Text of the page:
An avalanche spilled across the highway and into Snowbird resort Thursday afternoon as Utah’s heavy snowpack continues to create dangerous conditions in the mountains.
The naturally triggered slide broke off of a lower section of Mount Superior, crossed State Route 210 and ran through the Chickadee trail around 12:30 p.m. The resort had opened to interlodged skiers just a few hours earlier.
Sarah Sherman, a Snowbird spokesperson, said ski patrollers searched the area — a beginner-level run — using avalanche rescue dogs, Recco signals and probes. After about three hours of searching as well as reviewing video footage of the area and taking guest head counts, resort personnel determined no one was buried in the slide.
The lift towers for the Chickadee lift and the lift operators’ shack appeared to be unaffected by the slide, which entered on the far west side of the trail. Guests who were on the chairlift at the time of the avalanche were able to safely ride off of it, Sherman said.
Snowbird Village went into interlodge immediately after the slide. About 1,500 people have been interlodged at the resort since SR 210 closed to traffic because of heavy snow and avalanche danger Sunday night. The resort lifted the interlodge for its guests Thursday morning — allowing them to roam the resort and ski or snowboard — but the road remained closed and they were unable to leave.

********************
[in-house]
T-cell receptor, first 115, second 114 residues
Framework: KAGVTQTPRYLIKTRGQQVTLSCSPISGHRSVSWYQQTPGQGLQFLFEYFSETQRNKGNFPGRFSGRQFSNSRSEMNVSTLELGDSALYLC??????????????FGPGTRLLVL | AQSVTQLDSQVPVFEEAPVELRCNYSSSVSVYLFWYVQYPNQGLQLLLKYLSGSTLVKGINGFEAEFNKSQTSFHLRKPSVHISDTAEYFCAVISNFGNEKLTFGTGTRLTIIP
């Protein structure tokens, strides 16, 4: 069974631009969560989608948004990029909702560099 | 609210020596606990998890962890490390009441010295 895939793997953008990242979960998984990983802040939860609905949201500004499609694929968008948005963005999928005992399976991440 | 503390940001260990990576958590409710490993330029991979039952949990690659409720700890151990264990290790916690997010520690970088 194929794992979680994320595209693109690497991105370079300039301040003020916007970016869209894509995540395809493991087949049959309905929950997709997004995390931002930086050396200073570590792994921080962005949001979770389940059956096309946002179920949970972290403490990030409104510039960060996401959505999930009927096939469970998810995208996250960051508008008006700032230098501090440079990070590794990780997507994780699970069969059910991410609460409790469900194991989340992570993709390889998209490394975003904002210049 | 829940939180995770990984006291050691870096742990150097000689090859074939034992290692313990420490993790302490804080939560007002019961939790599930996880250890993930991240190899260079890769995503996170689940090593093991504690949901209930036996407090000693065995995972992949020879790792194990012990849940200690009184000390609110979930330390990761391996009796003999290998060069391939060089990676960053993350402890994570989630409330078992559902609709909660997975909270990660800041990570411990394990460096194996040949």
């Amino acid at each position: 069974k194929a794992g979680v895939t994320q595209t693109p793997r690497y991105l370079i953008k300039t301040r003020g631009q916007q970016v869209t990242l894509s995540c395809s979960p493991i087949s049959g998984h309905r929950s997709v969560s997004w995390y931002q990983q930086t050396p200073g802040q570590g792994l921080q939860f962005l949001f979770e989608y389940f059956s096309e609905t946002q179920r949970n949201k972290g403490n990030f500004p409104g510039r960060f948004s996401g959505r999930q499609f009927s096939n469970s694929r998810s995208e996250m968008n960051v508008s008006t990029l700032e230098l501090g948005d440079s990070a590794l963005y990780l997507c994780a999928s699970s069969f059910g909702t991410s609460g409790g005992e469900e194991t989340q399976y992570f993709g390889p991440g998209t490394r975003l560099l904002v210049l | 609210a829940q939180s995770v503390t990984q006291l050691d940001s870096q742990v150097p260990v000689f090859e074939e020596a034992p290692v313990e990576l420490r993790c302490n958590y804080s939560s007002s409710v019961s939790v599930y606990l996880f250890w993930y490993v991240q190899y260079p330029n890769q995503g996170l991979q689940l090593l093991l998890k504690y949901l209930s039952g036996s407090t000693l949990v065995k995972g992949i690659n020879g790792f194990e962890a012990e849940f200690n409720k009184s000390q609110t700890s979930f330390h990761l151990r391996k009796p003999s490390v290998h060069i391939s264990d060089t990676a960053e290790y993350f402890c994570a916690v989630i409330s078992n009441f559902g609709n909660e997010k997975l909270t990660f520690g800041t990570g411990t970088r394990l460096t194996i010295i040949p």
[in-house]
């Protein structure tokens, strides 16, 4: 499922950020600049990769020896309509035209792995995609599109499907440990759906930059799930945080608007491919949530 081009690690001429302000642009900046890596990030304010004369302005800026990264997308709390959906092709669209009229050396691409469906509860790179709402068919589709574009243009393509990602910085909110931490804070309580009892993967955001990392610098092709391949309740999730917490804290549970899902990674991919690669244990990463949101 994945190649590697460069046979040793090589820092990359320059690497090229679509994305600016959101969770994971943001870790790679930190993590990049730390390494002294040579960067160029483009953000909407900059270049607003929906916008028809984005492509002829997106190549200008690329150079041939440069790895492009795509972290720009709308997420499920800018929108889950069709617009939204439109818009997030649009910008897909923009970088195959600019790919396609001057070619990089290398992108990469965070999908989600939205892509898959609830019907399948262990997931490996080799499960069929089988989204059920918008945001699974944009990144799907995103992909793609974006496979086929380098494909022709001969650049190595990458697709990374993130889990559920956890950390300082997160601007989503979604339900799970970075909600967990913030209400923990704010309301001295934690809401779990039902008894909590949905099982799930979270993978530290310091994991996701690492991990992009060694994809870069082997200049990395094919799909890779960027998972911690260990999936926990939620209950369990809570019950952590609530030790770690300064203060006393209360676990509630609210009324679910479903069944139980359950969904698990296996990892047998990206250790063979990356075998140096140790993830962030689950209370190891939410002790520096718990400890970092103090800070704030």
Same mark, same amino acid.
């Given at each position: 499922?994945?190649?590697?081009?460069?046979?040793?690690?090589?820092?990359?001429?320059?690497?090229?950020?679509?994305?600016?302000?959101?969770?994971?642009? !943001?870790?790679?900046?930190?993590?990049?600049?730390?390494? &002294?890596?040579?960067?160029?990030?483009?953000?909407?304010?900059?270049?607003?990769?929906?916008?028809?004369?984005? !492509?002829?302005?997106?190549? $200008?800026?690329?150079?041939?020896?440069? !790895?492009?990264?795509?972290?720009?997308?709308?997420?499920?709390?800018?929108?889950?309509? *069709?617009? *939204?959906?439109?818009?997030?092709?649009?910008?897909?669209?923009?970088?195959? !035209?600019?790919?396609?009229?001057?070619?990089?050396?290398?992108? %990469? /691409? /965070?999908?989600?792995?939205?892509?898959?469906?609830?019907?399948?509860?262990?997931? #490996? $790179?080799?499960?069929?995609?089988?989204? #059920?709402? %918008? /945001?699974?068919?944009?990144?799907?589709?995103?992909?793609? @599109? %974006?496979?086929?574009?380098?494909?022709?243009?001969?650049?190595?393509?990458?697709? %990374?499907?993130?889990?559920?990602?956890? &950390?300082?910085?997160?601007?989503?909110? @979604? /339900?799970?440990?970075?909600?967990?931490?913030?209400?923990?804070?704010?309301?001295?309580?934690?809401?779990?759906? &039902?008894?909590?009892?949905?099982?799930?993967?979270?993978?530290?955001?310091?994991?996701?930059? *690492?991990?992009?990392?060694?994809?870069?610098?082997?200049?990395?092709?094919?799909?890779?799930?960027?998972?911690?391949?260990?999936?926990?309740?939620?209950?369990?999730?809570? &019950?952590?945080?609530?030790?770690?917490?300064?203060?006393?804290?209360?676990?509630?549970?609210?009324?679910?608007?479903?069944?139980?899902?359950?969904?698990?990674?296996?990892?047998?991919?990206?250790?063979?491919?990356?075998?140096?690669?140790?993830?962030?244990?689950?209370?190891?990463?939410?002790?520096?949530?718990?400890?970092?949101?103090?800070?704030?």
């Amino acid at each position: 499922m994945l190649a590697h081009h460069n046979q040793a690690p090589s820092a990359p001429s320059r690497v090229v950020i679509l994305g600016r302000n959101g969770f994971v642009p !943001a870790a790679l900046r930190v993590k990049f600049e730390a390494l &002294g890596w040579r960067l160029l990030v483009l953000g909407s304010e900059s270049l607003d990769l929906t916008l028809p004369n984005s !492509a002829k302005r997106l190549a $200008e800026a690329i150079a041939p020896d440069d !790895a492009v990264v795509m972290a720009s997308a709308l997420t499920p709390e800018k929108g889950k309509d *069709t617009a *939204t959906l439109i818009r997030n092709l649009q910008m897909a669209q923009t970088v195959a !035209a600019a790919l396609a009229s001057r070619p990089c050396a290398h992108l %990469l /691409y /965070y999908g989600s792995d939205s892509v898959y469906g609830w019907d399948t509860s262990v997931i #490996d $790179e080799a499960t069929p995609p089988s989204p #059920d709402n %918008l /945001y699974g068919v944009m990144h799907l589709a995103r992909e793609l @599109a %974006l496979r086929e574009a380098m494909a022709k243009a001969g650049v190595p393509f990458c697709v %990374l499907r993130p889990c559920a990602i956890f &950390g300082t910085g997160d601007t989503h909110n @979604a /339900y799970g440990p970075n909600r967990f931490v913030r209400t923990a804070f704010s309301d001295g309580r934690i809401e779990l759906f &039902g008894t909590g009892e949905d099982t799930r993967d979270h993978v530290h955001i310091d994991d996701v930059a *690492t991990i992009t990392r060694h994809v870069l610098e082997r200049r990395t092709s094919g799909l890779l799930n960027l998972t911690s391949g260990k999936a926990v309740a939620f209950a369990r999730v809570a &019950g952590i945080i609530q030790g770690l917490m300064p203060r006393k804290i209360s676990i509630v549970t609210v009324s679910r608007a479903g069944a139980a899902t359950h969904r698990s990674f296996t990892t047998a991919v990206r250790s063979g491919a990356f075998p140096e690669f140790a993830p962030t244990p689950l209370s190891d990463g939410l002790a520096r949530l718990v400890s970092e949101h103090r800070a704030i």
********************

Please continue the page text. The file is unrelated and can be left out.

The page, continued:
When a town or resort goes into interlodge, people are required to take shelter in a permanent structure and are not allowed to go outside.
The Utah Avalanche Center has classified all the mountains between Provo and Logan as being at a “High” avalanche risk — one step down from the almost never used “Extreme” rating. Utah Department of Transportation spokesperson John Gleason said on Wednesday that one of the reasons it has taken so long to open Little Cottonwood Canyon is that avalanches are coming down paths they rarely take.
“We’re seeing the slides happen in areas that are we don’t usually see these avalanches happening,” Gleason said. “Lower parts of the canyon, areas that are usually considered safe zones for crews to stage are getting hit with with these slides.”
David Cohen of Philadelphia had just finished having lunch with his two teenage sons at the Forklift restaurant and was preparing to head out to enjoy the 64 inches of snow Snowbird has received since Sunday when his pathway was blocked.
“They said, ‘Stay inside. No one’s allowed outside,’” Cohen said. “And they were just shuttling everyone into the restaurant or anywhere else that was indoors.”
Cohen said the restaurant looks out onto the area where the slab came down and he could see the rescue workers probing for people who might be under the snow.
About 75 people were in the restaurant with him and his family, including many children. “Spirits are fine right now,” Cohen said.
Cohen had spent the previous interlodge in a condo about a quarter mile from Snowbird Village and had come close to running out of food as the restrictions dragged on for more than three days. He said during a brief “straight line interlodge” period, in which they could go outside but not leave the property, the property manager gave them some pasta and sauce for Wednesday night’s dinner. If the interlodge lasts into Thursday night, they will have food from the restaurant but likely no beds.
The slide also puts in doubt the Cohen family’s and other skiers’ chances of leaving the resort anytime soon. Not only was the road covered, but it shows the danger of an avalanche remains high.